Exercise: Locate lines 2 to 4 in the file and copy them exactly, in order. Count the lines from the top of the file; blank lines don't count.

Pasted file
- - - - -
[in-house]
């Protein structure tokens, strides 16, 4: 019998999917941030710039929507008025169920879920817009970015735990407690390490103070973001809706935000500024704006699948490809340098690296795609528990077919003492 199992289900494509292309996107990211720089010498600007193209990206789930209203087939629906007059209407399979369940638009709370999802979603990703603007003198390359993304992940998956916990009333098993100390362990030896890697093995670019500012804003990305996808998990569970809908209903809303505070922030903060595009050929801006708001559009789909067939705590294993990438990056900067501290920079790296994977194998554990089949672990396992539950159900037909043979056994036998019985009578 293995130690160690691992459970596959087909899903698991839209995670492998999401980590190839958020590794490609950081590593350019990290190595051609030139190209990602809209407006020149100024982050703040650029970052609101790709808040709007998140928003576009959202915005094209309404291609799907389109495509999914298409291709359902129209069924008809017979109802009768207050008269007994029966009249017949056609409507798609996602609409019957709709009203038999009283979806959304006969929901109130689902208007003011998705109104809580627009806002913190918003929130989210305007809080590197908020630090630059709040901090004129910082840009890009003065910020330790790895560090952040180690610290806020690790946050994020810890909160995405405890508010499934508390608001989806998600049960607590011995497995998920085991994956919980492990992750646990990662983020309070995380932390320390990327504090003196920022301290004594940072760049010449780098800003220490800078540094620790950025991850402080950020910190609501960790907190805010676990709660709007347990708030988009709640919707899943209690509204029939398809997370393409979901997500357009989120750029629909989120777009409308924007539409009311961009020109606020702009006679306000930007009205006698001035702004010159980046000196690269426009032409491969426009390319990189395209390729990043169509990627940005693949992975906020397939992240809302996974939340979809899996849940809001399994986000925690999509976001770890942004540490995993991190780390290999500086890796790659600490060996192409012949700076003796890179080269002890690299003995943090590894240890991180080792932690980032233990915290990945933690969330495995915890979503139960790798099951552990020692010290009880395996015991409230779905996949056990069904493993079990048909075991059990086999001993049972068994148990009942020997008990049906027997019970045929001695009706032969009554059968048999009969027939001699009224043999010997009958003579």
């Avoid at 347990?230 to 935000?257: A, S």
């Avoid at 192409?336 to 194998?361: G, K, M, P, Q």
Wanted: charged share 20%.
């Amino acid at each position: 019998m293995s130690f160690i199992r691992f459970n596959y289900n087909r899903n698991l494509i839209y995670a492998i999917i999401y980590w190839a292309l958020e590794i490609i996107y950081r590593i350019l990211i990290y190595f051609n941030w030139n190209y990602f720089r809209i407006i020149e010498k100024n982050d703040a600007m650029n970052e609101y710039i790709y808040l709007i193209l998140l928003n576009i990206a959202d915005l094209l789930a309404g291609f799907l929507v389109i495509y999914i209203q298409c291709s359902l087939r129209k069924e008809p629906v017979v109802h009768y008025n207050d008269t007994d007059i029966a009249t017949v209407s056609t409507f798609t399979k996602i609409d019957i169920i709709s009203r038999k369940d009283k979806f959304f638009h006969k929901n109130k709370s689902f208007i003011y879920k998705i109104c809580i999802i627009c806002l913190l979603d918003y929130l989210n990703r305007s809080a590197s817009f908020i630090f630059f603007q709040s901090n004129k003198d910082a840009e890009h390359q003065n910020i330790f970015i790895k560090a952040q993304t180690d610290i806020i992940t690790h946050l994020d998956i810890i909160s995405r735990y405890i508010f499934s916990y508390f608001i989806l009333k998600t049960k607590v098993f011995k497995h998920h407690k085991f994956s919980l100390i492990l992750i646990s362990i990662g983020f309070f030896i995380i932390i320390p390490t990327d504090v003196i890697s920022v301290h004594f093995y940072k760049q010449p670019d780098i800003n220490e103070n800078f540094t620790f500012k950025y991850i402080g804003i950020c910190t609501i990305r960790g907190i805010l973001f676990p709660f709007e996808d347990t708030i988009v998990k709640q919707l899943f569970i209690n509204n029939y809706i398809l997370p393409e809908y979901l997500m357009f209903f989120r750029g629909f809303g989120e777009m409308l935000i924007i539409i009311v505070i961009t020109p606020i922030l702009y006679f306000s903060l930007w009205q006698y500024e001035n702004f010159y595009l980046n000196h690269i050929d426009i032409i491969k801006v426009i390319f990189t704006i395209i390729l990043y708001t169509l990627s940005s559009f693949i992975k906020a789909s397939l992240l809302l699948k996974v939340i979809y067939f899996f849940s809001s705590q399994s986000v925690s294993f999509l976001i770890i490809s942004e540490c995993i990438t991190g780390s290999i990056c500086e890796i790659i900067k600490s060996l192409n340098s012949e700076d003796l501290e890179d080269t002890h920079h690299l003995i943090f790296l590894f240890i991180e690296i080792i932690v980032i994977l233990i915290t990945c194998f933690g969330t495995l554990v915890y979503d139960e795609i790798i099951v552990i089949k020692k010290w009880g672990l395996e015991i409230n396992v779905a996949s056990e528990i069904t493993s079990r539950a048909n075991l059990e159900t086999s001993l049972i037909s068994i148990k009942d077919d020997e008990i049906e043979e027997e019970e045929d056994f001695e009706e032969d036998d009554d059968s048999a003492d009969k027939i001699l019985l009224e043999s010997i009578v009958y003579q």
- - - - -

């Protein structure tokens, strides 16, 4: 019998999917941030710039929507008025169920879920817009970015735990407690390490103070973001809706935000500024704006699948490809340098690296795609528990077919003492 199992289900494509292309996107990211720089010498600007193209990206789930209203087939629906007059209407399979369940638009709370999802979603990703603007003198390359993304992940998956916990009333098993100390362990030896890697093995670019500012804003990305996808998990569970809908209903809303505070922030903060595009050929801006708001559009789909067939705590294993990438990056900067501290920079790296994977194998554990089949672990396992539950159900037909043979056994036998019985009578 293995130690160690691992459970596959087909899903698991839209995670492998999401980590190839958020590794490609950081590593350019990290190595051609030139190209990602809209407006020149100024982050703040650029970052609101790709808040709007998140928003576009959202915005094209309404291609799907389109495509999914298409291709359902129209069924008809017979109802009768207050008269007994029966009249017949056609409507798609996602609409019957709709009203038999009283979806959304006969929901109130689902208007003011998705109104809580627009806002913190918003929130989210305007809080590197908020630090630059709040901090004129910082840009890009003065910020330790790895560090952040180690610290806020690790946050994020810890909160995405405890508010499934508390608001989806998600049960607590011995497995998920085991994956919980492990992750646990990662983020309070995380932390320390990327504090003196920022301290004594940072760049010449780098800003220490800078540094620790950025991850402080950020910190609501960790907190805010676990709660709007347990708030988009709640919707899943209690509204029939398809997370393409979901997500357009989120750029629909989120777009409308924007539409009311961009020109606020702009006679306000930007009205006698001035702004010159980046000196690269426009032409491969426009390319990189395209390729990043169509990627940005693949992975906020397939992240809302996974939340979809899996849940809001399994986000925690999509976001770890942004540490995993991190780390290999500086890796790659600490060996192409012949700076003796890179080269002890690299003995943090590894240890991180080792932690980032233990915290990945933690969330495995915890979503139960790798099951552990020692010290009880395996015991409230779905996949056990069904493993079990048909075991059990086999001993049972068994148990009942020997008990049906027997019970045929001695009706032969009554059968048999009969027939001699009224043999010997009958003579």
């Avoid at 347990?230 to 935000?257: A, S």
């Avoid at 192409?336 to 194998?361: G, K, M, P, Q």